If you watched election results roll in Tuesday evening, a sea of red swept across the United States. The so called upper Midwest "blue wall" pitifully crumbled and the rust belt bled red. Mr. Trump's stunning success offers fundamentally important lessons for Americans and insights about their fears regarding immigration, unemployment, race, and terrorism. Trump achieved the unexpected and in the wake of it, demonstrated that even allegations of rape, sexual harassment, and avoiding paying (and disclosing) taxes are not enough to defeat his brand. The 2016 Presidential election also exposes how deeply and painfully America is divided not just by race and class, but also by sex.
Postmortems will continue to play out over the weeks and months to come. For now, let's think about what the 2016 election signifies for women, girls, double standards, and the political process. For example, despite the fact that 64 percent of voters don't believe Mr. Trump has the temperament to serve as president, his victory was nonetheless decisive, defeating Secretary Hillary Clinton, whose impressive record of service was unmatched. Moreover, Mr. Trump clinched his victory with the votes of White Women; 53 percent voted for him according to CNN exit poll data.
How will girls in the U.S. reflect on this election given the widespread support for Mr. Trump, a man they've heard glorify sexual assault, joke about dating his daughter and agree with Howard Stern when he called Ivanka Trump "a piece of ass," and threaten to prosecute and "lock up" Secretary Clinton if elected president? Some commentators already ponder whether Trump's victory will further silence victims of rape, domestic violence, and sexual assault. Others wonder whether the anger cultivated and captured in this election will dissipate or reshape American politics for the near future.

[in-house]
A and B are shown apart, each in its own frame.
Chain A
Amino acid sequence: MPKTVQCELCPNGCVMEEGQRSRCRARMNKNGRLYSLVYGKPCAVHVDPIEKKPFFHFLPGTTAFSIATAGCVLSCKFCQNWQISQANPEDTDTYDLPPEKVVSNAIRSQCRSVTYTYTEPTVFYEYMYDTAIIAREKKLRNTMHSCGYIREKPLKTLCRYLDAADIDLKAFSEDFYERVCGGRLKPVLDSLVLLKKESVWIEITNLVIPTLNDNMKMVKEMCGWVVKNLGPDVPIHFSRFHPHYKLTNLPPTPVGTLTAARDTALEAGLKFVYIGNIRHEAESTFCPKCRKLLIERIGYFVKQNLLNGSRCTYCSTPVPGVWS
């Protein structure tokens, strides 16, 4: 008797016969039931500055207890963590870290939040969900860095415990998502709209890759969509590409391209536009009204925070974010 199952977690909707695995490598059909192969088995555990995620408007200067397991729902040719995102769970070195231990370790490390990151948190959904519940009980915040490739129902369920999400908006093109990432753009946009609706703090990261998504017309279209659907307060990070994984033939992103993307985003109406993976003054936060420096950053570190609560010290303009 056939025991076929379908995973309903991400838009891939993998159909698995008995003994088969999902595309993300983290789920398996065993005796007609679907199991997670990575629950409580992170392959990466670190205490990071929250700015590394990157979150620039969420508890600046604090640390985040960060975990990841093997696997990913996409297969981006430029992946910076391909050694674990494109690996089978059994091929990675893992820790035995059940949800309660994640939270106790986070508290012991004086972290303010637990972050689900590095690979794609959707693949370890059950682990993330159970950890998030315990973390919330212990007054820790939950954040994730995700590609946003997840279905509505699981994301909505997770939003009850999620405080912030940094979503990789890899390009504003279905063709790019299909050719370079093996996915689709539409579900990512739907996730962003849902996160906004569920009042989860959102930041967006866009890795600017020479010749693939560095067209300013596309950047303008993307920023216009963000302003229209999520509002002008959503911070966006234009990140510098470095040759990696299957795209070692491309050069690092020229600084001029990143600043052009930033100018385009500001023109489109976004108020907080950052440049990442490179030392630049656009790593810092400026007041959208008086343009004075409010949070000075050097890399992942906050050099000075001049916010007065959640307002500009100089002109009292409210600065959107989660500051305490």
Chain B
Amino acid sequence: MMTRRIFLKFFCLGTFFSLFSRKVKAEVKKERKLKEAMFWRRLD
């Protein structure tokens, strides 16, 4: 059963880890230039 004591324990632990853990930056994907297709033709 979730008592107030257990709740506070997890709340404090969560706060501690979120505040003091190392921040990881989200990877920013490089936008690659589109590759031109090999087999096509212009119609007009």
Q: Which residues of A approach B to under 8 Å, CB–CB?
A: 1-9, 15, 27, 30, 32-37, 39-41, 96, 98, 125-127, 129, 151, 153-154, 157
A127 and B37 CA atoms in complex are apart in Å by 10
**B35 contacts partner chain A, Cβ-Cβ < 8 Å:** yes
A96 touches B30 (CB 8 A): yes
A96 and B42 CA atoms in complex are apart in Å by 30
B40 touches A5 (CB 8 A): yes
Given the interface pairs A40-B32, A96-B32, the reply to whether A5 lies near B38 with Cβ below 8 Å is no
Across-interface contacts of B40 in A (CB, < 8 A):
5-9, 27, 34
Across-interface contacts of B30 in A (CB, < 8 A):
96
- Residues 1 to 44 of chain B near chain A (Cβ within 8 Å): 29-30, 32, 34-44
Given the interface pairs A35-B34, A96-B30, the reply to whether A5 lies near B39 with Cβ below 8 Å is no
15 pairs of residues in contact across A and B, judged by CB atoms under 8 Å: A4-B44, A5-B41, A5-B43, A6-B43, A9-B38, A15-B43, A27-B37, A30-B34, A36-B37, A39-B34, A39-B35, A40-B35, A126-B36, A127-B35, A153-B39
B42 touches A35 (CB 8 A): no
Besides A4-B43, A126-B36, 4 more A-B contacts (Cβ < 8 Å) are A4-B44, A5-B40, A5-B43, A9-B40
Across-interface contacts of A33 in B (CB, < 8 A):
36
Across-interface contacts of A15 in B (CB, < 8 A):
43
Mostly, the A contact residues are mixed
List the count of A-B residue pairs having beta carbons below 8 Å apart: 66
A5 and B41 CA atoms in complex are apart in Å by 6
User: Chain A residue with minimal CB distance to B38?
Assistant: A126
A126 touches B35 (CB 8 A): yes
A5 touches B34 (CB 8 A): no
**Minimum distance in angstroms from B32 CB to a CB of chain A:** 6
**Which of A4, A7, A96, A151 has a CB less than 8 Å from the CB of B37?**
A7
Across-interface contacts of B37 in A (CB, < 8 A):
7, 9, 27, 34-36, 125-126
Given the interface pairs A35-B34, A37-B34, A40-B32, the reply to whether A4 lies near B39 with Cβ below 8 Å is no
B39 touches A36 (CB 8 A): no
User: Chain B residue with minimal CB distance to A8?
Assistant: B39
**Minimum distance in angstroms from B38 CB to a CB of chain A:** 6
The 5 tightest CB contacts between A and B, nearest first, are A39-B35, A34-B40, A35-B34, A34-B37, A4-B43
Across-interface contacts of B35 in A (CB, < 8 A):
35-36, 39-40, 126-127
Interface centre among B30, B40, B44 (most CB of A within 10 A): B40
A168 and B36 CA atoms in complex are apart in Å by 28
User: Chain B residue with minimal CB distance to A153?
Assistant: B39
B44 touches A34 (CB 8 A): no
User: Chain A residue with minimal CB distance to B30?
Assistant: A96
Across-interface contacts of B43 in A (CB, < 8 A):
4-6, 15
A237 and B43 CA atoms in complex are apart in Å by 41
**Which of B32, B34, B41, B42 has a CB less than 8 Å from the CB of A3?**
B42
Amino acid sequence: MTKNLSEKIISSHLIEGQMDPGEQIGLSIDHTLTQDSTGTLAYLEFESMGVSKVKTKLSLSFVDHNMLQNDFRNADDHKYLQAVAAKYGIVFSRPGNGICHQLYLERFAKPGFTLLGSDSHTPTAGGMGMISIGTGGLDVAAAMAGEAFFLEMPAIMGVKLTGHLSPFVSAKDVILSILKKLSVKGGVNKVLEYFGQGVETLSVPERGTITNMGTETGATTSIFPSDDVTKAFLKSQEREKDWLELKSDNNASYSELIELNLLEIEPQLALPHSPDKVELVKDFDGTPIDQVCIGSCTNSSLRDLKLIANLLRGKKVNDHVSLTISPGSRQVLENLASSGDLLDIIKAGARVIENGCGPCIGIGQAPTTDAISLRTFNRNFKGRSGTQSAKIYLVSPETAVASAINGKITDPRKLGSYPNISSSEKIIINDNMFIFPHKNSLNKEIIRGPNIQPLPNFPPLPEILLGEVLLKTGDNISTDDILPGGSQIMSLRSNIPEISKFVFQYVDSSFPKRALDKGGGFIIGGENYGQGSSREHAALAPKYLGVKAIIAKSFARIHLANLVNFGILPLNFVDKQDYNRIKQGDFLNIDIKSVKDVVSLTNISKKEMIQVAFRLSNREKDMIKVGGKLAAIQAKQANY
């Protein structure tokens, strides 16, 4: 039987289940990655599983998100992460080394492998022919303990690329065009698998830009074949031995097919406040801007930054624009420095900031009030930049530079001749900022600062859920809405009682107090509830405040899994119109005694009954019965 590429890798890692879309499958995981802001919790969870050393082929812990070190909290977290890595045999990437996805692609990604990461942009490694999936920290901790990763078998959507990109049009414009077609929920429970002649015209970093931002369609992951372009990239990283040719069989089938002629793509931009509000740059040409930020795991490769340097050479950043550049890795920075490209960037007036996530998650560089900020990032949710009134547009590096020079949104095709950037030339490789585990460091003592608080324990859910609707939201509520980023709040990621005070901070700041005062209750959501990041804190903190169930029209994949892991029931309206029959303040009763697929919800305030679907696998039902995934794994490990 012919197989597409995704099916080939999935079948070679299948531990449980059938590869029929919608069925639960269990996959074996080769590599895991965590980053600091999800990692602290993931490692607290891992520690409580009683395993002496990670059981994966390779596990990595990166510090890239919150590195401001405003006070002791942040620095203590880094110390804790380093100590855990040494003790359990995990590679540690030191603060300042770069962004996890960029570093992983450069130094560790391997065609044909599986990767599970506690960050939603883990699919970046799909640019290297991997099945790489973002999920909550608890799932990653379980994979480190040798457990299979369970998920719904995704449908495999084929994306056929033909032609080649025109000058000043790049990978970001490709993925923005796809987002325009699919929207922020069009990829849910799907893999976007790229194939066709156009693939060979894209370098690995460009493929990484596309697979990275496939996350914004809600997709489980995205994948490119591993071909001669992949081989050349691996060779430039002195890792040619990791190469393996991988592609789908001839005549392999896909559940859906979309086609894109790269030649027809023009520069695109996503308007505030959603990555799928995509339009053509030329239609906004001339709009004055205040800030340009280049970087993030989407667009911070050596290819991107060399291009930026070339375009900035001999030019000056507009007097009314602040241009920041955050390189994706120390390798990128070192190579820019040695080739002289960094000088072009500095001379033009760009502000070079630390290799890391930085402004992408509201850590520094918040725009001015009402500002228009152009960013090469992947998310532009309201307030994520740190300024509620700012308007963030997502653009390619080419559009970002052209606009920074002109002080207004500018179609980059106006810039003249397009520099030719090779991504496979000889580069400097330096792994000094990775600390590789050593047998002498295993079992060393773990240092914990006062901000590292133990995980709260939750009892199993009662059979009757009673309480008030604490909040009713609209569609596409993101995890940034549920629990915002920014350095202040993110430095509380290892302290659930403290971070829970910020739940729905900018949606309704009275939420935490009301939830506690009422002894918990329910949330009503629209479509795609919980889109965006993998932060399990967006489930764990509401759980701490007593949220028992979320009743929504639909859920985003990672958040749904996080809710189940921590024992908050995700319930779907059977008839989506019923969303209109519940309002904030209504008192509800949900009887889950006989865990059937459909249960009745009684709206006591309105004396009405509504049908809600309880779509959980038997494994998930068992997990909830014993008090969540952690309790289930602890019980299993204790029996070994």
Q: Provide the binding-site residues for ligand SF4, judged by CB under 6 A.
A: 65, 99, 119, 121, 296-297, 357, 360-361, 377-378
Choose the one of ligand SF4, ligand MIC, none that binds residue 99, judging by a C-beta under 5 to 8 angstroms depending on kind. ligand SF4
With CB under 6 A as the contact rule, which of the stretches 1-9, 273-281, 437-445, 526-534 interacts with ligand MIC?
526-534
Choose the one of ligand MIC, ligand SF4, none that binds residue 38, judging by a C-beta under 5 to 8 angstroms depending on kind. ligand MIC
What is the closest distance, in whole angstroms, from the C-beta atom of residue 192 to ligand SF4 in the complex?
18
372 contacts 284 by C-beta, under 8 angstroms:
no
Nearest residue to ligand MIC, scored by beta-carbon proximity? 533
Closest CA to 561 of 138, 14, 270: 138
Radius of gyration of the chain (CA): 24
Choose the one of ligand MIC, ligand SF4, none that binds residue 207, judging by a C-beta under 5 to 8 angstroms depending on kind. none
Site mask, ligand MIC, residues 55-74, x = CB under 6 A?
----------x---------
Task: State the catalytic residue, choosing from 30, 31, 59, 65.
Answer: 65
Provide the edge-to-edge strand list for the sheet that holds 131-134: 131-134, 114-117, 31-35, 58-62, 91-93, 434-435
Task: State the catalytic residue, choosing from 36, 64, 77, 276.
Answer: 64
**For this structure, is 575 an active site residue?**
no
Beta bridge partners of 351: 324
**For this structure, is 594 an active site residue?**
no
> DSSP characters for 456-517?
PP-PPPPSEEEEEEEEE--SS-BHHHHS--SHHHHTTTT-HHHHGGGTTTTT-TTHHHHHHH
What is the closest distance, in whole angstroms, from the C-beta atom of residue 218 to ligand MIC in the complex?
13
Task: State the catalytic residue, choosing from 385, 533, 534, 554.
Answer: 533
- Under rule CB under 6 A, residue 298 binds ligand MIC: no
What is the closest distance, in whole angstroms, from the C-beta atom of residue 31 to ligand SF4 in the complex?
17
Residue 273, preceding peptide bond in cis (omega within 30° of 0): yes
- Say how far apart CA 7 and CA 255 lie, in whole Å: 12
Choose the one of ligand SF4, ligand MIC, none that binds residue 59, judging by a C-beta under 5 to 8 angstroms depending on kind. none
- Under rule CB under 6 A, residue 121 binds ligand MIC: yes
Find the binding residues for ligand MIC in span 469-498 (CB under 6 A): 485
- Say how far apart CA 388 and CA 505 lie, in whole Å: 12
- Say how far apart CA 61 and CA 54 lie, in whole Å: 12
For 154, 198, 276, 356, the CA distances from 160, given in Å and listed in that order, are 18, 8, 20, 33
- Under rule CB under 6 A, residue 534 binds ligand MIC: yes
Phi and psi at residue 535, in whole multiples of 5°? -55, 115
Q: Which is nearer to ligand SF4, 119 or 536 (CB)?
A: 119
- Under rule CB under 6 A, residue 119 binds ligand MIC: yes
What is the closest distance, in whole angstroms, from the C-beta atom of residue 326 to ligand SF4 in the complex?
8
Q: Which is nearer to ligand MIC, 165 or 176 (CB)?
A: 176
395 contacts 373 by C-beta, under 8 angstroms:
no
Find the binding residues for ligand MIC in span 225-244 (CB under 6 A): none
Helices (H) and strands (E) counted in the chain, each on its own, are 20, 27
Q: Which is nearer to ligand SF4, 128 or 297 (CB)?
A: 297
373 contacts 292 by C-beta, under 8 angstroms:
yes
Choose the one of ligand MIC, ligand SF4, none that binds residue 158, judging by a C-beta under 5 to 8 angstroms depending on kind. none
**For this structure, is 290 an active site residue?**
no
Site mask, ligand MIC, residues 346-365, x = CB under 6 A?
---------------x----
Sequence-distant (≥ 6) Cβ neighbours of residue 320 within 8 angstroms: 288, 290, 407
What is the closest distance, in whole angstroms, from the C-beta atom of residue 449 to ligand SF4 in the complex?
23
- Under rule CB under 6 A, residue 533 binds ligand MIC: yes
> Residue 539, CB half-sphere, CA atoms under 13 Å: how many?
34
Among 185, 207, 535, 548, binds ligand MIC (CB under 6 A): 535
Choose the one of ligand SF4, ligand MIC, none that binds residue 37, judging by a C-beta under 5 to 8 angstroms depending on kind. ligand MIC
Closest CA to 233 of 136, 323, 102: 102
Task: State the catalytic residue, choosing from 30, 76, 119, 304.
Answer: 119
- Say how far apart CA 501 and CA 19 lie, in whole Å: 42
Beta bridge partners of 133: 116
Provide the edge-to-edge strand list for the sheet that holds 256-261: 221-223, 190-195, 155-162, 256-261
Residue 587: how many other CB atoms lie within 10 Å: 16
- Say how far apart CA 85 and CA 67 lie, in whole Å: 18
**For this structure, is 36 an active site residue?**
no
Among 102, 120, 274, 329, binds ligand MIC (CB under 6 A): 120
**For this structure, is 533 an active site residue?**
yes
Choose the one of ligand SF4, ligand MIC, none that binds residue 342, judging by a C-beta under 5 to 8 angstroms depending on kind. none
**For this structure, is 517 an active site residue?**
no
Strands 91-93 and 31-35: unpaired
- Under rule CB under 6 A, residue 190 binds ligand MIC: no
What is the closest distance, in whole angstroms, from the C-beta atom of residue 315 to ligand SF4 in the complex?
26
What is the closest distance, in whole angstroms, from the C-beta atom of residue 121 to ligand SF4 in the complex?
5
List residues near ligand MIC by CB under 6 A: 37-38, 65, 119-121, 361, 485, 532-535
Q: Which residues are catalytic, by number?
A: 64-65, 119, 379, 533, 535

Women should be concerned for themselves, their daughters, and the U.S., because Supreme Court vacancies -- possibly as many as three or four -- will be filled in the coming four years by Mr. Trump. These vacancies, including the seat left empty by Justice Scalia's recent death, will not only determine the balance of the Court, but shape jurisprudence on reproductive rights, gun control, education policy, the environment, voting rights and much more. And despite women's reproductive health care seeming secure, just two years ago a divided court ruled that for-profit corporations could deny certain contraceptive coverage to their female employees based on religious objections. At various times, Mr. Trump has promised to appoint anti-choice justices and even to punish women who seek abortions. Will he keep to that position? With an aging Court, more vacancies are very likely in the coming years.
Yet, it's not just the Supreme Court that is at stake. Mr. Trump will appoint senior leaders to his cabinet and dozens if not hundreds of individuals could fill agency positions that actually have direct and profound impacts on women's lives, including at the Food and Drug Administration (FDA), Equal Employment Opportunity Commission (EEOC), the Department of Health and Human Services (HHS), and the Environmental Protection Agency (EPA) to name but a few.
Disappointed Clinton voters believe that with the presence of women in high offices, equality advances on all fronts, including for girls and women. However, even with the election of a woman as president, that does not always translate into achieving sex equality and reducing discrimination, precisely because sexism is so deeply entrenched, but weakly addressed (if at all) in our society. As I pondered a Clinton victory, I couldn't help but wonder whether a woman president in the U.S. would be accorded the respect and dignity granted her male predecessors and now Mr. Trump? These questions are important in the aftermath of the 2016 election--and reflect not only our citizenry, but our Congress.